Pre Algebra Change of Log Base
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We're Way Off Base
Change of Log Base

 
 What if we really wanted to find out what that exponent was 
 in the last example on the last page? 
 Remember it?
 

7log7500 = 500

 
 So how would we find the answer?
 
 We could start the way we did on the log5125 problem in the last page:
 

 
 OOPS! Three wasn't enough, and 4 was too many. 
 343 is a lot closer to 500 than 2,401.
 That means the answer is closer to 3 than to 4. 
 We know it's:
 

3.(something)

 
 But what?
 
 We probably can't find a calculator with a base 7 log key. 
 We have to find a way to convert base 7 logs to base 10 logs
 so we can use a calculator or we're stuck.
 
 You're in luck! We just happen to have a formula to do that.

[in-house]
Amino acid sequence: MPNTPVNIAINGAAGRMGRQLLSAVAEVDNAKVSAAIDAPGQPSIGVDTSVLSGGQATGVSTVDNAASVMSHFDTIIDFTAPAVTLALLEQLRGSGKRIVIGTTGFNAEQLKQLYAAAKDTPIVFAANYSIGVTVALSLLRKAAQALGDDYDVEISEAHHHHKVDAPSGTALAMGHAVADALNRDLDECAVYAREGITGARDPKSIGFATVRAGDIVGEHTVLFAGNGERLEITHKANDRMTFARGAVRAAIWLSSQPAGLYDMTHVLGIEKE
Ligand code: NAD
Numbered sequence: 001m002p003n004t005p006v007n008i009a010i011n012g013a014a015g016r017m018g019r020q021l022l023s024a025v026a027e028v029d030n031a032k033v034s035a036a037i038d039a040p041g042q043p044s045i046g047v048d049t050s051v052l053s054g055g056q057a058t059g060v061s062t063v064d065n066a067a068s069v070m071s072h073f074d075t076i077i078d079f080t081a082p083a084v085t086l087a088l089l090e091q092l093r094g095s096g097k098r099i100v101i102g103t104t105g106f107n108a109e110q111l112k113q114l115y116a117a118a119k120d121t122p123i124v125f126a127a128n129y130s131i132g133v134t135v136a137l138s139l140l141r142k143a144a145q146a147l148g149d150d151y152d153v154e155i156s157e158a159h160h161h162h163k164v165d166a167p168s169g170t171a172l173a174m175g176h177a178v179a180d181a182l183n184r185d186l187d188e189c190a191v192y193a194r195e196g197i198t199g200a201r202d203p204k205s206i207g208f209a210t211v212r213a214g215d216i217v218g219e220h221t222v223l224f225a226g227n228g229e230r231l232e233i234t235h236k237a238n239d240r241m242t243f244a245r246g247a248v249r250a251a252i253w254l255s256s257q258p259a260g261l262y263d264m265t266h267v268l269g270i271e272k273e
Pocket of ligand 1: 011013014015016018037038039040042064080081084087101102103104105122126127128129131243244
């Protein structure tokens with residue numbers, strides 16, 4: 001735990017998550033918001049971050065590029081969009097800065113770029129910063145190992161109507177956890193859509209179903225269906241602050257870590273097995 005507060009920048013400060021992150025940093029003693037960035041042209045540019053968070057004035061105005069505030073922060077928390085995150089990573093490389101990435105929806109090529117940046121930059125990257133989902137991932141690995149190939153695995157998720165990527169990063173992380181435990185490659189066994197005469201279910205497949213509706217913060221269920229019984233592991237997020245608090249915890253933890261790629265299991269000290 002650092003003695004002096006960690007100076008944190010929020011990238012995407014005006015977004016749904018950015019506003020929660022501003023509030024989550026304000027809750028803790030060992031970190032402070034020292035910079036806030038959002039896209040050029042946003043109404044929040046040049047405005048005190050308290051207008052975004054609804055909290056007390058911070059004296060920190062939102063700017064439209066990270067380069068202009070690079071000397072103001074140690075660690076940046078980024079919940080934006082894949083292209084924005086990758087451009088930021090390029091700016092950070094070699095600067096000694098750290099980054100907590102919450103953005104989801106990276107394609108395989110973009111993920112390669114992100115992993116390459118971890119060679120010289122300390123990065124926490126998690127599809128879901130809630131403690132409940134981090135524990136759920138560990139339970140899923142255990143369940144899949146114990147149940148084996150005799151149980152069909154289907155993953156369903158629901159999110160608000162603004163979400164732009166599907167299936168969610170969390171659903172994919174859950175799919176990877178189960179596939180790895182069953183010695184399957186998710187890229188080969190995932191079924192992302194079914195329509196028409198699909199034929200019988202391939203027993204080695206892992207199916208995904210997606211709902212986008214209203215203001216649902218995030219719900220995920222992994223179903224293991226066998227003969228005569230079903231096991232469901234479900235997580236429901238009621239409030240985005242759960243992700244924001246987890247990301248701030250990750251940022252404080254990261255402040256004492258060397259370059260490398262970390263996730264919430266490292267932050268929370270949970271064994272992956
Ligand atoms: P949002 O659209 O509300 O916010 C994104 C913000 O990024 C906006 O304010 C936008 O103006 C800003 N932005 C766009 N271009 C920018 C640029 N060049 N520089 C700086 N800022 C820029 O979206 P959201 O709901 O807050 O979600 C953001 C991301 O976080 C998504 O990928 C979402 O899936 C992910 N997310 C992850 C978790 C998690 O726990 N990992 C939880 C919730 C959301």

(Somehow I just knew we would!)
 
 So if we have something like:
 

log7500

 
 We want to change this into a base 10 log. 
 To do this, we make a fraction. 
 The fraction has a base 10 log on the top (numerator). 
 
 We put another base 10 log on the bottom (the denominator). 
 We have:
 

 
 That's all there is to it!
 Now if we have a calculator with a log key, we can solve this puppy.
 

 log10500 = 2.69897                log107 = 0.845098

 
 So ...
 

 

 
 So that means ...
 

 73.19368 = 500

 
 In general, using a and b to stand for any old numbers we might have, 
 we can say:
 

 
 This trick works for any base you want to change to. 
 You could even say:
 

 
 if you wanted to. 
 But why would you want to?
 

   copyright 2005 Bruce Kirkpatrick

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